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F I L E D

United States Court of Appeals


Tenth Circuit

UNITED STATES COURT OF APPEALS

AUG 30 1999

TENTH CIRCUIT

PATRICK FISHER
Clerk

UNITED STATES OF AMERICA,


Plaintiff-Appellee,
v.
VANCE GARLAND ALLEN,

No. 99-4024
(D.C. No. 98-CR-485-W)
(Utah)

Defendant-Appellant.

ORDER AND JUDGMENT *


Before SEYMOUR, Chief Judge, BALDOCK and HENRY, Circuit Judges.
After examining the briefs and appellate record, this panel has determined
unanimously to honor the parties request for a decision on the briefs without oral
argument. See Fed. R. App. P. 34(a); 10th Cir. R. 34.1(G).
Mr. Vance Garland Allen entered a plea of guilty to possession of a firearm
by a restricted person and now appeals the district courts application of the
sentencing guidelines. He argues, and the government concedes, that he was
This order and judgment is not binding precedent, except under the
doctrines of law of the case, res judicata, or collateral estoppel. The court
generally disfavors the citation of orders and judgments; nevertheless, an order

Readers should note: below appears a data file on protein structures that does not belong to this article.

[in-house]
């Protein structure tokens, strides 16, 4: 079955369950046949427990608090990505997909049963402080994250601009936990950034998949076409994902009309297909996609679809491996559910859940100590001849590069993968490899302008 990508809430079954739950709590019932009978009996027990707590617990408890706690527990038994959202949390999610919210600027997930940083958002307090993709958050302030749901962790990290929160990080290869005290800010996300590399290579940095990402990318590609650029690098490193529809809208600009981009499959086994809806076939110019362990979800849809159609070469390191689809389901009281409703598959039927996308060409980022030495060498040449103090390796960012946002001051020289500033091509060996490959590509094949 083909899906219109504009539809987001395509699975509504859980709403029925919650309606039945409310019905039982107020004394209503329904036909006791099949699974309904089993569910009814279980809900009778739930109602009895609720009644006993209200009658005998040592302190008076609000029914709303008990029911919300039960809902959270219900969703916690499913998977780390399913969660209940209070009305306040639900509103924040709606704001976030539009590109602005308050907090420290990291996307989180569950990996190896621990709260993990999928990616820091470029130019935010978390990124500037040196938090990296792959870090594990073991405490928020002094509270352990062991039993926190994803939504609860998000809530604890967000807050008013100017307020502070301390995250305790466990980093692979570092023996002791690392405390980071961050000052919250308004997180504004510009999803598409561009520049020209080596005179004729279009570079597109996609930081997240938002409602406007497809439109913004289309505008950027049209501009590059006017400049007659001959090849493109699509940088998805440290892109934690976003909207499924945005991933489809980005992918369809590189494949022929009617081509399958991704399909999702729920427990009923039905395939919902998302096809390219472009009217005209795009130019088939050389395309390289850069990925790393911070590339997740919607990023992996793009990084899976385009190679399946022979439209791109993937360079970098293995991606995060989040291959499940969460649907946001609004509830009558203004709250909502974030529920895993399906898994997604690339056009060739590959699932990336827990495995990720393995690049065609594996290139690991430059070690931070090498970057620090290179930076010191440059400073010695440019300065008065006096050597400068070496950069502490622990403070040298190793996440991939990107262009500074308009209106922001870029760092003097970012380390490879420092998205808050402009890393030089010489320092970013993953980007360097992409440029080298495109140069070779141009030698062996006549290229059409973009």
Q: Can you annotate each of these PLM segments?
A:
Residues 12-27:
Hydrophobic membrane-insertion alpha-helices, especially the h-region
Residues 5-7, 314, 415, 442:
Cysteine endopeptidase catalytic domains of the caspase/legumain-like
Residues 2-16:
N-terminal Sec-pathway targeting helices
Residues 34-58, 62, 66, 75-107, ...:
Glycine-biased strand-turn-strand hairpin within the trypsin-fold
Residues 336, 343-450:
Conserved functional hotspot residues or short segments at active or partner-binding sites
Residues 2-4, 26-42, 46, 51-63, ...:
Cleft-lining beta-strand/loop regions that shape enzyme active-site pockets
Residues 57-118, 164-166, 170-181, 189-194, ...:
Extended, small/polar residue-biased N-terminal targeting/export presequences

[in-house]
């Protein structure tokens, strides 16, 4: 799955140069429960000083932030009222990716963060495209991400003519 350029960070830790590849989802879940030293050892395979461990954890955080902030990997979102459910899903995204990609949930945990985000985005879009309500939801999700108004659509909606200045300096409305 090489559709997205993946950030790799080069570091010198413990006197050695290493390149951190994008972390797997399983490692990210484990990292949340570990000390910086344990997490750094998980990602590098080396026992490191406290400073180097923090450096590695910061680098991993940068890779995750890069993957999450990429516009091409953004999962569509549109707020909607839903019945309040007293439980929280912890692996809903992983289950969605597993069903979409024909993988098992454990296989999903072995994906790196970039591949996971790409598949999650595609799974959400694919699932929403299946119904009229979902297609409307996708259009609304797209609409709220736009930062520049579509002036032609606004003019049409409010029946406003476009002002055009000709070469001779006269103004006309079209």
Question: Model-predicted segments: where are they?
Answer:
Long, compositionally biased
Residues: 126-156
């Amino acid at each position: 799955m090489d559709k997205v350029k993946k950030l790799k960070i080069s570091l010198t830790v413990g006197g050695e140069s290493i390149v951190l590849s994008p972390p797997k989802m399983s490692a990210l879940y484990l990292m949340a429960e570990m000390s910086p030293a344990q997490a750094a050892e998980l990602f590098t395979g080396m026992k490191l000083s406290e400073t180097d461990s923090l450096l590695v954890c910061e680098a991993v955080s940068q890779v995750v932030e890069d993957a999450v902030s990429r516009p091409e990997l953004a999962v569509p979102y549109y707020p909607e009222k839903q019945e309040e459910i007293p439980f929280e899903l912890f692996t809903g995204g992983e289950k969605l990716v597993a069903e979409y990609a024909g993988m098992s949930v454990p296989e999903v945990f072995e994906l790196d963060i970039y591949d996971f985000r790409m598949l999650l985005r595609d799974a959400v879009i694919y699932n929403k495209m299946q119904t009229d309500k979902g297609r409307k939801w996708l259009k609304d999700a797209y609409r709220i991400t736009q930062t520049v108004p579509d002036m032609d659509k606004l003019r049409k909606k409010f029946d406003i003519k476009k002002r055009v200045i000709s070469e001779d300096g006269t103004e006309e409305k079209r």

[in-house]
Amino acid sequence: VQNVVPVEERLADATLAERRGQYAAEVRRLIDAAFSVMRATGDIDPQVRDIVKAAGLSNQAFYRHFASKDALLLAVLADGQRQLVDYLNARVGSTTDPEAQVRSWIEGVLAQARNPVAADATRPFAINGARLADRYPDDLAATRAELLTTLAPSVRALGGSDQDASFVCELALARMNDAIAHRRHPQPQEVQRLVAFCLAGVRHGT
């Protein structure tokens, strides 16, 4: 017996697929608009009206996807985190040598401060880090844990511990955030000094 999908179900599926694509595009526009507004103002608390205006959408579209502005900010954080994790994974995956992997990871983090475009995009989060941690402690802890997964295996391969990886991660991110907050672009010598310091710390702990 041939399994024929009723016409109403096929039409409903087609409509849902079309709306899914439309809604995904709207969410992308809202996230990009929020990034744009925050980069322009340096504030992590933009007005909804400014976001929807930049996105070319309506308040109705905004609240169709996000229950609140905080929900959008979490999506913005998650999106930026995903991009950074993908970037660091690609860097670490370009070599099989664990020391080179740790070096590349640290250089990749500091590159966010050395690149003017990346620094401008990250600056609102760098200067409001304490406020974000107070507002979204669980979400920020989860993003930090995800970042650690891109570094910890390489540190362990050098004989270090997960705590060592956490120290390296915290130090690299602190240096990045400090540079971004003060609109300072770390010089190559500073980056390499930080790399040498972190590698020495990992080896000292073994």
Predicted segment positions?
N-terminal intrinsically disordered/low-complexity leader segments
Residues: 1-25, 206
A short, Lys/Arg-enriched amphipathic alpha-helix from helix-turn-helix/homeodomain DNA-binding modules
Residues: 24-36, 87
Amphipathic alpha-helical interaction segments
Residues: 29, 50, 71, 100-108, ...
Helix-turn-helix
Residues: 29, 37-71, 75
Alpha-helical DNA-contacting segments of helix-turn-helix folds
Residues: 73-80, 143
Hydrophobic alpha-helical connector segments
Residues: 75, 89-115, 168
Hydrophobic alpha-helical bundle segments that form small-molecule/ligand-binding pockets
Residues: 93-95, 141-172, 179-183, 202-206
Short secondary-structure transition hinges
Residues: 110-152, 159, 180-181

and judgment may be cited under the terms and conditions of 10th Cir. R. 36.3.
*

incorrectly sentenced as a Criminal History Category IV offender.


We review for plain error calculations based on a presentence report to
which the defendant did not object below. See United States v. Richards, 27 F.3d
465, 468 (10th Cir. 1994). Here, the district court relied on a supplemental PSR
that improperly listed an unverified conviction by stating that court and police
information have been requested but not received. Mr. Allen did not see a copy
of the supplemental PSR. The inclusion of the unverified conviction increased
Mr. Allens Criminal History Category from III to IV, giving him a sentencing
range of 57-71 months. He was sentenced to the minimum 57 months. If Mr.
Allen had been sentenced as a Category III offender, his sentencing range would
have been 46-57 months and a recommended minimum would have been 46
months, 11 months less than his current sentence. The government concedes the
error and recommends resentencing. We agree the government plainly failed in
its burden to prove the unverified conviction and remand for resentencing.
Mr. Allen offers an alternative argument that the unverified conviction, if
ever verified, should not be included in the calculations because it is part of an
earlier conviction and would result in double counting. We agree with the
government that the record is not sufficient to allow us to address this argument
and we leave it to the district court to further develop the issue.

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We REVERSE and REMAND for resentencing.


ENTERED FOR THE COURT
Stephanie K. Seymour
Chief Judge

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